It’s been big news: Ella Marija Lani Yelich-O’Connor – the singer more popularly known as Lorde – canceled a planned concert in Israel because of flak she had been receiving from fans. Reaction has been mixed. On the one hand, the Forward ran an op-ed entitled “Thank You, Lorde, For Standing Up For Palestinian Human Rights.” (It should be noted that the op-ed was written by the Executive Director of the US Campaign for Palestinian Rights.) On the other hand, Rabbi Shmuley Boteach took out a full-page ad in the Washington Post calling the singer a bigot. Before I opine, a brief history lesson:
When I was a kid (I won’t name the decade but suffice it to say that disco was up and coming), many people in the Jewish community refused to buy Pepsi products. This was because, at the time, Pepsi would not sell in Israel as a consequence of the Arab League Boycott. Fair enough.
Now fast-forward to the early 2000s. Starbucks opened in Israel and closed up shop within a year. Some people in the community called for a boycott of Starbucks, viewing their withdrawal as anti-Semitic, or at the very least partisan. In this case, however, the facts did not warrant such a response. Starbucks went to Israel in good faith and left because they were losing their shirts. Israelis didn’t want or need what Starbucks was selling. Under such circumstances, Starbucks has no moral obligation to remain.
Do you see the difference between the Starbucks situation and Pepsi in the 1970s? (Dang! I let it slip.) Great. So now let’s contrast Lorde with, say, Roger Waters.
Roger Waters is a bass player and singer, a co-founder of the classic rock band Pink Floyd. Waters is also an anti-Israel activist (not just pro-Palestinian but actively anti-Israel). He has compared the treatment of Palestinians to that of Jews in 1930’s Germany — a comparison that would be laughable if it weren’t so offensive! At his concerts, Rogers has displayed a pig-shaped balloon embellished with Jewish symbols, including the Jewish star. He repeats familiar conspiracy theories, such as attributing US policies to the “Israeli propaganda machine” and “the Jewish lobby.” Rogers urges other musicians not to play in Israel. Rabbi Abraham Cooper of the Simon Wiesenthal Center has called Waters an “open hater of Jews” and an op-ed in the Vatican newspaper has criticized Rogers for “unrestrained anti-Semitism.” Rogers supports — and actively promotes — BDS. If you want to boycott Rogers back, that seems a perfectly reasonable course of action.
Let’s compare that with Lorde’s situation. First off, I think it’s noteworthy that she scheduled a concert in Israel in the first place. But after doing so, she became the subject of a campaign whose entire purpose was to get her to cancel. Think about this scenario: here’s a 21-year-old girl from New Zealand, who doesn’t have a dog in the Middle East conflict, under intense pressure not to play in Israel. From a strictly-objective business standpoint, it was probably a wise move to cancel. She was in a lose-lose situation and she no doubt made the call that would cause the least damage. Does she have a moral obligation to play in Israel if she deems that doing so is going to hurt her in the big picture? I don’t think so. Even her cancellation announcement was far from politically charged: “i’ve received an overwhelming number of messages and letters and have had a lot of discussions with people holding many views, and i think the right decision at this time is to cancel the show” (sic). This is not exactly a scathing condemnation of Israeli policies.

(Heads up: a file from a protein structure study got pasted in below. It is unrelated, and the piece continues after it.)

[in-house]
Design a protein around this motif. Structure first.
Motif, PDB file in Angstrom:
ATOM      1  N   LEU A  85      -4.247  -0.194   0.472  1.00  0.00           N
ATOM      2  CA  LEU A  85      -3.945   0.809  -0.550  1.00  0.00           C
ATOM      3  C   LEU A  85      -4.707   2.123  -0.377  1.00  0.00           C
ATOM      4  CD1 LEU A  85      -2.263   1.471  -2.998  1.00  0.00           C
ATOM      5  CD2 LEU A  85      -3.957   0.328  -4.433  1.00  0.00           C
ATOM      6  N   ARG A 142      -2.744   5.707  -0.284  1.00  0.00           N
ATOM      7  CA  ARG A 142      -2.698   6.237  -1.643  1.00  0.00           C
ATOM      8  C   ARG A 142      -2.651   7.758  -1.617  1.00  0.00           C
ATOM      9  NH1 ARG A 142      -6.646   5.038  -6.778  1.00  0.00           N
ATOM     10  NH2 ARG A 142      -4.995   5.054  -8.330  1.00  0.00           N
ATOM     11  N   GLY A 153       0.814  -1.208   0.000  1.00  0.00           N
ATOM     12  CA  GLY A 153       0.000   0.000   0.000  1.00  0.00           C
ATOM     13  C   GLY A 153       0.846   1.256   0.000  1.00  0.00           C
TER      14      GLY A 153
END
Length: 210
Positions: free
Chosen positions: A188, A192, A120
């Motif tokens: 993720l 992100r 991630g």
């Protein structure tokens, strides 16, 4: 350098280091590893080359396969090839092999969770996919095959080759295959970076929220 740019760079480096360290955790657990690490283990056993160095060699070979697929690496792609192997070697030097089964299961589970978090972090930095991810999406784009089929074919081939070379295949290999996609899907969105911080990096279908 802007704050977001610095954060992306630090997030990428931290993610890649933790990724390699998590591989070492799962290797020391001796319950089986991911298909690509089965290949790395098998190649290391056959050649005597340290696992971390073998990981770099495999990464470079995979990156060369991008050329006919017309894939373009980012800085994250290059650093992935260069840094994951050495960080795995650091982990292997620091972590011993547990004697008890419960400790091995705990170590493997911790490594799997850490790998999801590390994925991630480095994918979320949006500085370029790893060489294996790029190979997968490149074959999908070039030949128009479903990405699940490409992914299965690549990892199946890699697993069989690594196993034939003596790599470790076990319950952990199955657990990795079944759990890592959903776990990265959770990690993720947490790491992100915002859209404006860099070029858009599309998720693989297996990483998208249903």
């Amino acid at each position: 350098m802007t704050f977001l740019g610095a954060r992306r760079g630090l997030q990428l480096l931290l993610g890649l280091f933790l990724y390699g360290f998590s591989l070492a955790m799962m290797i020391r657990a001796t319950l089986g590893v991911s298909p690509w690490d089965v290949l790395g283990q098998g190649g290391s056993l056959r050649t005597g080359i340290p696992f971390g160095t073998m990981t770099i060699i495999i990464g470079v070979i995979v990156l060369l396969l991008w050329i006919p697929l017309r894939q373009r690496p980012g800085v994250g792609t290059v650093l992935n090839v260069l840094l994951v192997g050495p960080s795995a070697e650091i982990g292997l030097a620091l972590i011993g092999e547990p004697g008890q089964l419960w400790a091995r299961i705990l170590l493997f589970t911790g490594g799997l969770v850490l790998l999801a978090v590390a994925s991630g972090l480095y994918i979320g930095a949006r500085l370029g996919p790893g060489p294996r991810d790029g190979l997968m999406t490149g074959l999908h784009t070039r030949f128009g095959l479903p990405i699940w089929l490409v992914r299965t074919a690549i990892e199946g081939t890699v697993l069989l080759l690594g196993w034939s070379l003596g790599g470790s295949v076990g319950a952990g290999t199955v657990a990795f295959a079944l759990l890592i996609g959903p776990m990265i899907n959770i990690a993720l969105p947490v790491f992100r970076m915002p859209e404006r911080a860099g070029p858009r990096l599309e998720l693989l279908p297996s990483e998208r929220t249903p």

Now, none of this is to say that one can’t be offended by Lorde’s cancellation or that one can’t boycott her music. That is certainly one’s prerogative if one feels that course of action is called for. I think, however, that’s it’s important to differentiate between an “open hater of Jews” who has demonstrated “unrestrained anti-Semitism” and a young artist who was willing to play in Israel but caved under intense pressure. So far as I can see, there’s no reason to think that Lorde is an enemy of Israel, let alone an anti-Semite.
It should be noted that part of the response to Lorde’s cancellation has been to call her a hypocrite for playing in Russia, a country that is not exactly lauded as a bastion of human rights. To this I have two observations: (1) Lorde never claimed to be canceling her Israel concert as a great humanitarian gesture. Quite the opposite, “i think the right decision at this time is to cancel the show” is a rather lukewarm statement; and (2) Lorde was not the subject of a massive campaign pressuring her not to play in Russia. So far as I can tell, pretty much nobody even cared about it until after she canceled her show in Israel, and then only to accuse her of hypocrisy and not so much because of the thing itself.
Lorde is not a player in this conflict; she’s a pawn. The other side has made a move to their advantage but that doesn’t mean the game is over. Roger Waters may be fully invested in his anti-Israel activism but I think the possibility still exists that we might be able to enlighten Lorde with, you know, the actual facts. If we do, she may then be able to enlighten her fan base. But we’ll never have the opportunity to find out if we respond to this incident by burning our bridges.
The words of this author reflect his/her own opinions and do not necessarily represent the official position of the Orthodox Union.